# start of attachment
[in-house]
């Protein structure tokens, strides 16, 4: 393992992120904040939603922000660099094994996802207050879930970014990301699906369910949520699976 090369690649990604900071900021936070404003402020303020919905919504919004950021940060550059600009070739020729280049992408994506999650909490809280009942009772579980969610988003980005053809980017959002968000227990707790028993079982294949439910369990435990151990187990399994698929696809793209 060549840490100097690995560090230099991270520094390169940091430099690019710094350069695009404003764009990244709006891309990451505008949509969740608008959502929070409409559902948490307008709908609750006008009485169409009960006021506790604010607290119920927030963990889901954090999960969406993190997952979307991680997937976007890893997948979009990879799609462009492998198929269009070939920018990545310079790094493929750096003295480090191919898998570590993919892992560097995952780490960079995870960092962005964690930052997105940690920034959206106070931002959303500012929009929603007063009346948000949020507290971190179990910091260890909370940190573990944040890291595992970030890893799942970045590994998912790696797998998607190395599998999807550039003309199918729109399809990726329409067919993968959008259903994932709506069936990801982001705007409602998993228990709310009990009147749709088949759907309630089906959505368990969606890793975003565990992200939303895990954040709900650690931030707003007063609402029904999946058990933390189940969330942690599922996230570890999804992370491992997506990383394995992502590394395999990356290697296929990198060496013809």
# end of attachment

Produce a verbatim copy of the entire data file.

[in-house]
């Protein structure tokens, strides 16, 4: 393992992120904040939603922000660099094994996802207050879930970014990301699906369910949520699976 090369690649990604900071900021936070404003402020303020919905919504919004950021940060550059600009070739020729280049992408994506999650909490809280009942009772579980969610988003980005053809980017959002968000227990707790028993079982294949439910369990435990151990187990399994698929696809793209 060549840490100097690995560090230099991270520094390169940091430099690019710094350069695009404003764009990244709006891309990451505008949509969740608008959502929070409409559902948490307008709908609750006008009485169409009960006021506790604010607290119920927030963990889901954090999960969406993190997952979307991680997937976007890893997948979009990879799609462009492998198929269009070939920018990545310079790094493929750096003295480090191919898998570590993919892992560097995952780490960079995870960092962005964690930052997105940690920034959206106070931002959303500012929009929603007063009346948000949020507290971190179990910091260890909370940190573990944040890291595992970030890893799942970045590994998912790696797998998607190395599998999807550039003309199918729109399809990726329409067919993968959008259903994932709506069936990801982001705007409602998993228990709310009990009147749709088949759907309630089906959505368990969606890793975003565990992200939303895990954040709900650690931030707003007063609402029904999946058990933390189940969330942690599922996230570890999804992370491992997506990383394995992502590394395999990356290697296929990198060496013809």